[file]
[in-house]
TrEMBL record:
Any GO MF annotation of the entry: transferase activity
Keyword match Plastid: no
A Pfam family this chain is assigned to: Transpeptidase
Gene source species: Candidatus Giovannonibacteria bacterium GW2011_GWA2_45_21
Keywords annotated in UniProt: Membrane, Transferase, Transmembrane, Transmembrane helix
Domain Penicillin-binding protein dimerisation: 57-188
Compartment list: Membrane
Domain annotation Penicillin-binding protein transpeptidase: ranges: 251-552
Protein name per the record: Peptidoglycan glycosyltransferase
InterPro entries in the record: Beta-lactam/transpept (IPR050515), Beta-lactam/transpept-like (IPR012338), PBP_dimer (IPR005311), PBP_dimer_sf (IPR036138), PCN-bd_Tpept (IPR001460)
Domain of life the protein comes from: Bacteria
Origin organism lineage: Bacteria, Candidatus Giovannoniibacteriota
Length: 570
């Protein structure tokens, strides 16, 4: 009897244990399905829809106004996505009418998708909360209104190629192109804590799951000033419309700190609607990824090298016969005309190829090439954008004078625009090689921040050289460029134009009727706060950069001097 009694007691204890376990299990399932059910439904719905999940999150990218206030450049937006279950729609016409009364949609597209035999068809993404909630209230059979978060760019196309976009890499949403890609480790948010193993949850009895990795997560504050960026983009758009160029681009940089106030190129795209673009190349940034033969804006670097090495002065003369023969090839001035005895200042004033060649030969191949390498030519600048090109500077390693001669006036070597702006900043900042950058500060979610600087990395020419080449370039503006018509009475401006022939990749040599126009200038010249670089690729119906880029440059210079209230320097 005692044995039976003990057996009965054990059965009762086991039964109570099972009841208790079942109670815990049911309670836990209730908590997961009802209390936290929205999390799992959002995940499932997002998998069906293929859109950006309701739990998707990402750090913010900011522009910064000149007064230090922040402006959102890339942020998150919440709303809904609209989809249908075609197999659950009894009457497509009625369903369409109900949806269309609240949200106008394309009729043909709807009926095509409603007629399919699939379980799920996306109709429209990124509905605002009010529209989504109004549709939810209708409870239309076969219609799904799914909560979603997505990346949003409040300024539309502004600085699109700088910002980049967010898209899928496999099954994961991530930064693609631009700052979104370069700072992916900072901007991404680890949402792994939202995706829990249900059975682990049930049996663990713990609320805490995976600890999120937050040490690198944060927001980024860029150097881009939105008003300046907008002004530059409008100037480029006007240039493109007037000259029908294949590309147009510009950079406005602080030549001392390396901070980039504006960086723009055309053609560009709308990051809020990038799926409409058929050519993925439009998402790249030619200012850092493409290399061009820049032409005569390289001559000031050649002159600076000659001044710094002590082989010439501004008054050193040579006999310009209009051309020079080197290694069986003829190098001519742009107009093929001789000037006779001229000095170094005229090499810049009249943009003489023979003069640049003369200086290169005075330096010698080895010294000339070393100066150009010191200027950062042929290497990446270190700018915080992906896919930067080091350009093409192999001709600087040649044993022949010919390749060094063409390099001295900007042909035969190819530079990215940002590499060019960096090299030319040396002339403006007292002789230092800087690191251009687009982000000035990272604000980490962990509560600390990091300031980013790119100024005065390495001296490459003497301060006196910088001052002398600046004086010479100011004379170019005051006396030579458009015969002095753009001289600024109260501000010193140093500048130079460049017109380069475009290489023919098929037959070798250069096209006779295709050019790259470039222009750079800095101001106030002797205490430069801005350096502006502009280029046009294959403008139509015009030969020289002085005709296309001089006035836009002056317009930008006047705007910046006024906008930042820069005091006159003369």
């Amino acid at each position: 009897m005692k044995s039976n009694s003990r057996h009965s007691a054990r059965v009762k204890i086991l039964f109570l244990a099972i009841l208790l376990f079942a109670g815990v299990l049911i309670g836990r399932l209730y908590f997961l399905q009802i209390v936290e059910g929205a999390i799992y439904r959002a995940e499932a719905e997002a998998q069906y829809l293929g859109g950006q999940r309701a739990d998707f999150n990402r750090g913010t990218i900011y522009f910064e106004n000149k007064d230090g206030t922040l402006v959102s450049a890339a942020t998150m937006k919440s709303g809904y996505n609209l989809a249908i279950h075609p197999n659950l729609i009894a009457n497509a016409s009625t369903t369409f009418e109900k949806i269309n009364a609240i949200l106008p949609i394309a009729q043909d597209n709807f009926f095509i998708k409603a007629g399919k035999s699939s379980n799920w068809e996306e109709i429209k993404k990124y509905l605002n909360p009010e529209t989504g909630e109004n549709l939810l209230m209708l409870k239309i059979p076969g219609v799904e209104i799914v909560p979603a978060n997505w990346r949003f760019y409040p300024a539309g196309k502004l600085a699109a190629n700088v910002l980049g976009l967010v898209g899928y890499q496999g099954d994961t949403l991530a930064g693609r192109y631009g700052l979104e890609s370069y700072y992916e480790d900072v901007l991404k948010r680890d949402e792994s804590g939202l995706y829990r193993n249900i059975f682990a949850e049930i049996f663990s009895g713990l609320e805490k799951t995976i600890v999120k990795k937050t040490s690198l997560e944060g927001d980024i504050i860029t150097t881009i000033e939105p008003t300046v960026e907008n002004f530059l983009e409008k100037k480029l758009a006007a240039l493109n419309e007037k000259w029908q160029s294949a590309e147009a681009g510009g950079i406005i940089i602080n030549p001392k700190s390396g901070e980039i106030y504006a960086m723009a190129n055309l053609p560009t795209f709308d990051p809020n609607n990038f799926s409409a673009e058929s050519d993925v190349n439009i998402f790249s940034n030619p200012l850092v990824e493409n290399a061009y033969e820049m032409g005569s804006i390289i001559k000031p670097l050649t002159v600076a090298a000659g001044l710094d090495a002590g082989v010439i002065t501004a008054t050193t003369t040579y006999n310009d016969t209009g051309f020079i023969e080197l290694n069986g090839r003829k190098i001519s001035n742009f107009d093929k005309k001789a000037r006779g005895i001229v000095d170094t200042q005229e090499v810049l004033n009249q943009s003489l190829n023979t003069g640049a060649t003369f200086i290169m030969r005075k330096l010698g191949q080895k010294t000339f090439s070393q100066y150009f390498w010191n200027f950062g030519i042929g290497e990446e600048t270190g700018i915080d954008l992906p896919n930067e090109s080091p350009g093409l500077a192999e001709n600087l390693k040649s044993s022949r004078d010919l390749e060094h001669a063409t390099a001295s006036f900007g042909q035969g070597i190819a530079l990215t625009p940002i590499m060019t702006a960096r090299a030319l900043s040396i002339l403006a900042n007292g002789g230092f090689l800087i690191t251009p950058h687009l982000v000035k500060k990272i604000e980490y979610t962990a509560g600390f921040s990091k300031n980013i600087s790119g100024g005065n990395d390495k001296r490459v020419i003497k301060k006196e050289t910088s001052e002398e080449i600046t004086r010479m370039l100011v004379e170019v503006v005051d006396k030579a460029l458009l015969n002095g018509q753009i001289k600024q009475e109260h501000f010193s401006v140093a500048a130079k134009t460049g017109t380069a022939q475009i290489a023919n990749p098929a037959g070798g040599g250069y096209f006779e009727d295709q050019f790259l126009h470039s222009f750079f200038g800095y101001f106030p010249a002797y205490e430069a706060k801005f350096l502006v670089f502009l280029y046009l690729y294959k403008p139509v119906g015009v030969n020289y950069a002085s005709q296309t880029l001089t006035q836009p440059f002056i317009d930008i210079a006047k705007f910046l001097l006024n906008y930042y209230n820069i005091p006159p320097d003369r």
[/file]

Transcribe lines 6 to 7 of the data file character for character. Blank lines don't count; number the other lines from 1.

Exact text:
Gene source species: Candidatus Giovannonibacteria bacterium GW2011_GWA2_45_21
Keywords annotated in UniProt: Membrane, Transferase, Transmembrane, Transmembrane helix